Science:Math Exam Resources/Courses/MATH102/December 2016/Question A 08/Solution 1

The correct choice is (iii), because at the inflection point the function changes its concavity, so the tangent line moves from being above the graph to be below the graph or vice versa, so it must cross the graph from one side to the other.

(i) is not correct. See the Questions B 01; Although the zero ${\displaystyle z_{2}}$ is closer than another zero ${\displaystyle z_{1}}$ to the initial point ${\displaystyle B}$, but the newton method starting at ${\displaystyle B}$ finds the zero ${\displaystyle z_{1}}$.

(ii) is not correct. The tangent line of ${\displaystyle f(x)=\cos x}$ at a point ${\displaystyle a}$ is ${\displaystyle y=f'(a)(x-a)+f(a)=-\sin a(x-a)+\cos a}$. Assume that there is a tangent line which goes through ${\displaystyle (0,2)}$. This means that there exists a point ${\displaystyle a\in [-\pi ,\pi ]}$ such that ${\displaystyle 2=-\sin a(0-a)+\cos a=a\sin a+\cos a}$. However there's no such point ${\displaystyle a\in [-\pi ,\pi ]}$ because the maximum of ${\displaystyle a\sin a+\cos a}$ is ${\displaystyle {\frac {\pi }{2}}<2}$. This is a contradiction.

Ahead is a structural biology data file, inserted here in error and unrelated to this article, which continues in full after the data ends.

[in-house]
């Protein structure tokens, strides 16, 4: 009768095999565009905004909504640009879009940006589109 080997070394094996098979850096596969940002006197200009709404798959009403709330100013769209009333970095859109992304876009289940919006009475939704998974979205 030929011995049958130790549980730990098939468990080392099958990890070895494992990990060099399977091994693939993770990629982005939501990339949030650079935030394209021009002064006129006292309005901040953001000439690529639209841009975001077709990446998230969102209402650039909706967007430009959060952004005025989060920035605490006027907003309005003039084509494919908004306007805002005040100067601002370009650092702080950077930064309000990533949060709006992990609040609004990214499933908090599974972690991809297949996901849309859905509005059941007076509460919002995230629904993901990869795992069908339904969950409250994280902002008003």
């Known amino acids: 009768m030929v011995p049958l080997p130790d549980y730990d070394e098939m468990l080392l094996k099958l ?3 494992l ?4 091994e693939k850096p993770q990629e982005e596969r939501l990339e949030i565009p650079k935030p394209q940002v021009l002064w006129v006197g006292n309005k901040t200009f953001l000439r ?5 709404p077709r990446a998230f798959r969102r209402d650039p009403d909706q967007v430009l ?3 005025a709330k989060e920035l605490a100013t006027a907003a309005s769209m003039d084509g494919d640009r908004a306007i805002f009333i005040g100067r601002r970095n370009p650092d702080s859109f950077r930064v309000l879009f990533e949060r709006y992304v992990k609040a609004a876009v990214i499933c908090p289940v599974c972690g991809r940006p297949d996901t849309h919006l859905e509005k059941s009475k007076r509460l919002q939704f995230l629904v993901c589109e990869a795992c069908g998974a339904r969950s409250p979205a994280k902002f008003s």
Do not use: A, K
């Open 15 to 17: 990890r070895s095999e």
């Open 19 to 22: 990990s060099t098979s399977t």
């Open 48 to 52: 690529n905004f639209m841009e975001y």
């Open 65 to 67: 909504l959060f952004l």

We find the maximum in the following way. Let ${\displaystyle g(a)=a\sin a+\cos a}$. Then, its derivative is ${\displaystyle g'(a)=a\cos a}$, which vanishes at ${\displaystyle a=0,\pm {\frac {\pi }{2}}}$. Indeed, these are critical points. so that the maximum in ${\displaystyle [-\pi ,\pi ]}$ is achieved either the critical points ${\displaystyle 0,\pm {\frac {\pi }{2}}}$ or the end points ${\displaystyle \pm \pi }$. Since ${\displaystyle g(0)=0,g\left({\frac {\pi }{2}}\right)={\frac {\pi }{2}},g(\pm \pi )=-1}$, the maximum is ${\displaystyle {\frac {\pi }{2}}}$.

(iv) is not correct because we can take ${\displaystyle f(x)=|x|}$, ${\displaystyle g(x)=-|x|}$, and ${\displaystyle a=0}$; Obviously, ${\displaystyle f}$ and ${\displaystyle g}$ are NOT differentiable at ${\displaystyle x=a=0}$. but ${\displaystyle h(x)=f(x)+g(x)=|x|-|x|=0}$ is a constant function and hence is differentiable at ${\displaystyle x=a}$.

(Proof for (iii)) We need to show ${\displaystyle g(x)=f(x)-({\text{tangent line}})=f(x)-f'(a)(x-a)-f(a)}$ changes the sign around ${\displaystyle x=a}$. Since ${\displaystyle g(a)=0}$, it is enough to show that ${\displaystyle g}$ is either increasing or decreasing around ${\displaystyle x=a}$. (If it is increasing the sign is changing from negative to positive, otherwise it is from positive to negative.)

For this purpose, we calculate the derivative ${\displaystyle g'(x)=f'(x)-f'(a)=\int _{a}^{x}f''(t)dt}$. Since ${\displaystyle f''}$ changes the sign around ${\displaystyle x=a}$, ${\displaystyle g'}$ doesn't change its sign around ${\displaystyle x=a}$. For example, in the case that ${\displaystyle f''}$ change its sign from negative to positive around ${\displaystyle x=a}$, then for ${\displaystyle x sufficiently close with ${\displaystyle a}$, ${\displaystyle g'(x)=\int _{a}^{x}f''(t)dt=-\int _{x}^{a}f''(t)dt>0}$ and for ${\displaystyle x sufficiently close with ${\displaystyle a}$, ${\displaystyle g'(x)=\int _{a}^{x}f''(t)dt>0}$. Therefore, we prove that ${\displaystyle g}$ is either increasing or decreasing around ${\displaystyle x=a}$.

Answer: ${\displaystyle \color {blue}(iii)}$